The U.S. Department of Transportation—the major nexus of the noise problem in the U.S.—has been led by Mitch McConnell’s wife, Elaine Lan Chao, during the Trump administration. Unsurprisingly, she has not addressed the hubris, intransigence, and industry influence that have prevented that agency from addressing noise as a well established and harmful environmental pollutant.

Now comes President-elect Biden’s nominee for Secretary of Transportation, former McKinsey consultant and mayor of South Bend Indiana, Pete Buttigieg. As he steps into Chao’s shoes in Biden’s cabinet, he’ll be the person on whom attention will need to focus. Does he understand noise as a public health and planetary problem? Is he willing to support policies for a quieter America? David Welprin, a New York assemblyman, sure thinks so. What will he need to act? And how can Quiet Communities and other like-minded organizations help him?

Pete Buttigieg is clear-headed about environmental issues and what needs to be done. One thing we can hope is that he’ll listen to the 50+ members of the Congressional Quiet Skies Caucus and the 50+ regional groups that comprise the Quiet Skies Coalition. While those groups focus strictly on airport and aircraft noise, Secretary Buttigieg will have the Federal Aviation Administration, the Federal Railway Administration, the Federal Highway Administration, and others, reporting directly to him.

Organized efforts are needed to get the message to the new Secretary that noise is a public health problem and an environmental health problem. It’s a “canary in the coal mine” when it comes to air and water pollution, and another powerful reason to address those problems. When COVID-19 hit, a window opened on the possibility of a cleaner, quieter world. Look at how the skies gleamed bright blue when travel shut down. Look at how marine mammals’ health improved when ocean drilling and shipping halted–all that air and water pollution came from the industries that the DOT oversees. Secretary Buttigieg must be convinced to make those improvements permanent!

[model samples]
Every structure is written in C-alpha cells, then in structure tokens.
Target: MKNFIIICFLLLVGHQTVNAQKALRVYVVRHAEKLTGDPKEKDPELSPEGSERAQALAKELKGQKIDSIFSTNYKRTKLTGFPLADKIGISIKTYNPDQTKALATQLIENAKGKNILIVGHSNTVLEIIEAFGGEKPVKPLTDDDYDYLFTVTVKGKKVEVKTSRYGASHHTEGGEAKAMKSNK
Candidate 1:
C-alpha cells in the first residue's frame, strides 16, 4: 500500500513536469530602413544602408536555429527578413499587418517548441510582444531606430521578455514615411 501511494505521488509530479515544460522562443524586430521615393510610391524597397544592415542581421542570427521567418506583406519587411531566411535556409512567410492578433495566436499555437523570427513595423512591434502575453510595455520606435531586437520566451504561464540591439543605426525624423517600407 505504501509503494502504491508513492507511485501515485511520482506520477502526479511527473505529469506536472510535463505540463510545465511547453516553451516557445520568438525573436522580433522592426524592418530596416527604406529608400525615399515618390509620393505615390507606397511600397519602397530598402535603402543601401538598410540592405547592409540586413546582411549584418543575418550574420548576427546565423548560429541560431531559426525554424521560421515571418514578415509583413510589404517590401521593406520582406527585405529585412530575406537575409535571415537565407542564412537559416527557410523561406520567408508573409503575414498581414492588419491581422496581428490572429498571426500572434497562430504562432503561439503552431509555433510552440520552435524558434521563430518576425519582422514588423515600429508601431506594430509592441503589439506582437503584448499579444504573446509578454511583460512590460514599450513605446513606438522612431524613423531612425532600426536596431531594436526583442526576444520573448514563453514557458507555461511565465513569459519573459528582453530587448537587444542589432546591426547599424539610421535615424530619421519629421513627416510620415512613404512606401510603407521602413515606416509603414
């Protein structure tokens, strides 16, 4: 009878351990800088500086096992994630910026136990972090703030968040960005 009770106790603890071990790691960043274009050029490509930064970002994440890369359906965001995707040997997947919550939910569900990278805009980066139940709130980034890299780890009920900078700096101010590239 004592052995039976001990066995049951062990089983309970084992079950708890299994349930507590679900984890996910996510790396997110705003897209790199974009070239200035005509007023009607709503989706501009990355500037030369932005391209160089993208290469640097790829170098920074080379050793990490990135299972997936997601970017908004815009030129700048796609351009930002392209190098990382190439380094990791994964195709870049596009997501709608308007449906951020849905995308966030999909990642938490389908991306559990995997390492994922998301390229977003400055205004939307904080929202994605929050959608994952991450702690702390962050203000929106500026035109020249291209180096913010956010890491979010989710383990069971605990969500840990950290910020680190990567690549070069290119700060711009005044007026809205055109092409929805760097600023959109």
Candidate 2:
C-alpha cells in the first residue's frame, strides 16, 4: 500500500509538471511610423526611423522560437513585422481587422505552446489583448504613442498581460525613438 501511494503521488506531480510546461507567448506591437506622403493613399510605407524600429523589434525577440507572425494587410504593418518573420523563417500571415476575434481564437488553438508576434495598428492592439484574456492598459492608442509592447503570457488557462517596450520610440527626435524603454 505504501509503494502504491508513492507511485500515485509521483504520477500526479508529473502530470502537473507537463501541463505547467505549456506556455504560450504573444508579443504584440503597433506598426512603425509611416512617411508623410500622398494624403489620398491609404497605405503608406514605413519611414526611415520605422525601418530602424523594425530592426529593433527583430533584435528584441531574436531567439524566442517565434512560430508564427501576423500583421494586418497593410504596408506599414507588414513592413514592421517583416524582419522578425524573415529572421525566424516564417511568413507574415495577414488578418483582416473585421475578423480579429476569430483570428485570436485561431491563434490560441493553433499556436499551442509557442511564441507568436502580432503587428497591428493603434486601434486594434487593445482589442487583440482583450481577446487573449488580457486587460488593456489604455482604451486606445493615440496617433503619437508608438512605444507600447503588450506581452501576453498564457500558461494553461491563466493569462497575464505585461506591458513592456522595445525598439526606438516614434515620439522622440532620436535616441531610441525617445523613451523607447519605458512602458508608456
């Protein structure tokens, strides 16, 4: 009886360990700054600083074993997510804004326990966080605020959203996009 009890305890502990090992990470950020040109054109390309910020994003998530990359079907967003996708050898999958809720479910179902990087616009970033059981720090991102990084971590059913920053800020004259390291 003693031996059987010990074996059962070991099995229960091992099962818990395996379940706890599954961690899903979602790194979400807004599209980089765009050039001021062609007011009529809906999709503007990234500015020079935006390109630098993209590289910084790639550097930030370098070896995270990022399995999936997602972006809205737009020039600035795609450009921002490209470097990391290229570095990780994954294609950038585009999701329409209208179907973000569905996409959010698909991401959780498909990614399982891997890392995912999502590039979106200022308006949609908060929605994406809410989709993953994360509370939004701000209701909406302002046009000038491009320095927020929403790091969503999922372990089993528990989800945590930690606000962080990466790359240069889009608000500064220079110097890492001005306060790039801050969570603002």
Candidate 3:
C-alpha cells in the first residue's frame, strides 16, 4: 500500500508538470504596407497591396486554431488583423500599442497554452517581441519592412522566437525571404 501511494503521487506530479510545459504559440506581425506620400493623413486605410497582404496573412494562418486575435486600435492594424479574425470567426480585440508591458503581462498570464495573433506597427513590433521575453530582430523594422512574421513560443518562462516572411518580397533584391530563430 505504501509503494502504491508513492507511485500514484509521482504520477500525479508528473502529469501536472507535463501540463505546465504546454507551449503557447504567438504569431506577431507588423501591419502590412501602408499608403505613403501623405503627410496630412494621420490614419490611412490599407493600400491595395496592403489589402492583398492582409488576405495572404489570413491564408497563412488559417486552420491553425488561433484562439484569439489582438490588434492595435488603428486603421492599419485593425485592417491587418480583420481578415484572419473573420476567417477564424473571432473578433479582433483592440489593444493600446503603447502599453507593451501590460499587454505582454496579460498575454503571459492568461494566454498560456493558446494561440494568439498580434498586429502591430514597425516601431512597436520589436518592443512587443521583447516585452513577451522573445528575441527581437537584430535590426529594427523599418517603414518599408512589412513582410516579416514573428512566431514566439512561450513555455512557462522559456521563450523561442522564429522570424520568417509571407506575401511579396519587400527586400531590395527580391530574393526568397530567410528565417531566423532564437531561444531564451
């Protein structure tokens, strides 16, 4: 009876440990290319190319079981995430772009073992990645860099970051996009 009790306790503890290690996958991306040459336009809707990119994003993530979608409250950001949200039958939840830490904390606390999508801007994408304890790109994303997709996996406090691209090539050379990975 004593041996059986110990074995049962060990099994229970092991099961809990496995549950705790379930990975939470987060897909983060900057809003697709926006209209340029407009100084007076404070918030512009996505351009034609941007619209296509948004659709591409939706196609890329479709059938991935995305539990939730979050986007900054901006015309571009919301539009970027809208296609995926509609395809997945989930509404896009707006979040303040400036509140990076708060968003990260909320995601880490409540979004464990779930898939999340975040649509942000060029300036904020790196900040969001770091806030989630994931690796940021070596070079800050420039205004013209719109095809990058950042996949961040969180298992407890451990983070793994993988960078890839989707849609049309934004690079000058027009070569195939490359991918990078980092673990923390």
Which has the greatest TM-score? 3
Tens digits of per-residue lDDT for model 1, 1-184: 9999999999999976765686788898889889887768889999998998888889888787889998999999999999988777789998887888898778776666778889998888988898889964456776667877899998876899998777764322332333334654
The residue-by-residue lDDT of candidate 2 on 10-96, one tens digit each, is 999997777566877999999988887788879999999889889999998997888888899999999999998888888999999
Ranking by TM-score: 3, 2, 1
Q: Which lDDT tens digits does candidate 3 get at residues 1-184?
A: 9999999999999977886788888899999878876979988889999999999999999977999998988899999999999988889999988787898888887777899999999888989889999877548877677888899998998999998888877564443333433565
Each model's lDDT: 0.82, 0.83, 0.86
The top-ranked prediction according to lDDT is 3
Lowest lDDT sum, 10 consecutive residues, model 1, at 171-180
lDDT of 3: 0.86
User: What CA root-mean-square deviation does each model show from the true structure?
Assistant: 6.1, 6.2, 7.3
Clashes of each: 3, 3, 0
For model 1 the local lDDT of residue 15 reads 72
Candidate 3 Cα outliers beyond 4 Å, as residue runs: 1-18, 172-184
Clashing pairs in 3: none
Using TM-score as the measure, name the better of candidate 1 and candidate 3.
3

How can we help to influence him? We can start by identifying noise as a bellwether–a canary in the coal mine. Listening for noise in the environment works, because we can’t see most air and water pollution. As a result we often ignore it. But most of us hear the noise. So we all have a role to play.

Just by listening and reporting, we can all contribute to reducing the pollution that’s choking us and harming our children.

Now is our chance—the first time in four decades to reverse president Ronald Reagan’s 1981 actions that de-prioritized noise as a public health issue. After 40 years, we’ve reached a tipping point–it’s time to act!

David Sykes chairs several professional organizations in acoustical science: QCI Healthcare Acoustics Project, ANSI Committee S12-WG44, the Rothschild Foundation Task Force on Acoustics, and the FGI Acoustics Committee. He is lead author of “Sound & Vibration 2.0” (Springer, 2012), a contributor to the NAE’s “Technology for a Quieter America” and the GSA’s “Sound Matters,” and co-founded the Laboratory for Advanced Research in Acoustics at Rensselaer Polytech. A graduate of UC-Berkeley with advanced degrees from Cornell, he is a frequent organizer of professional conferences in the U.S., Europe, Asia and the Middle East.

Restaurant noise in the time of COVID and beyond

Photo credit: AdamChandler86 licensed under CC BY-NC-ND 2.0

by Daniel Fink, MD, Chair, The Quiet Coalition

I became a noise activist, trying to make the world a quieter place, because I want to be able to have a nice meal with my wife in a restaurant where I can enjoy both the food and the conversation.

Andy Newman in the Eastern County Gazette writes about restaurant noise and the additional considerations about restaurant noise in COVID-19 times. As he notes, most of us go to a restaurant not for the food but for the company. We want to converse with our dining companions. And we can’t do that easily when the restaurant is too noisy.

In COVID-19 times, it turns out that speaking loudly sheds more virus for greater distances than speaking softly. That’s why “background music” (in quotation marks because it’s often turned up to rock concert sound levels) is now banned in the UK.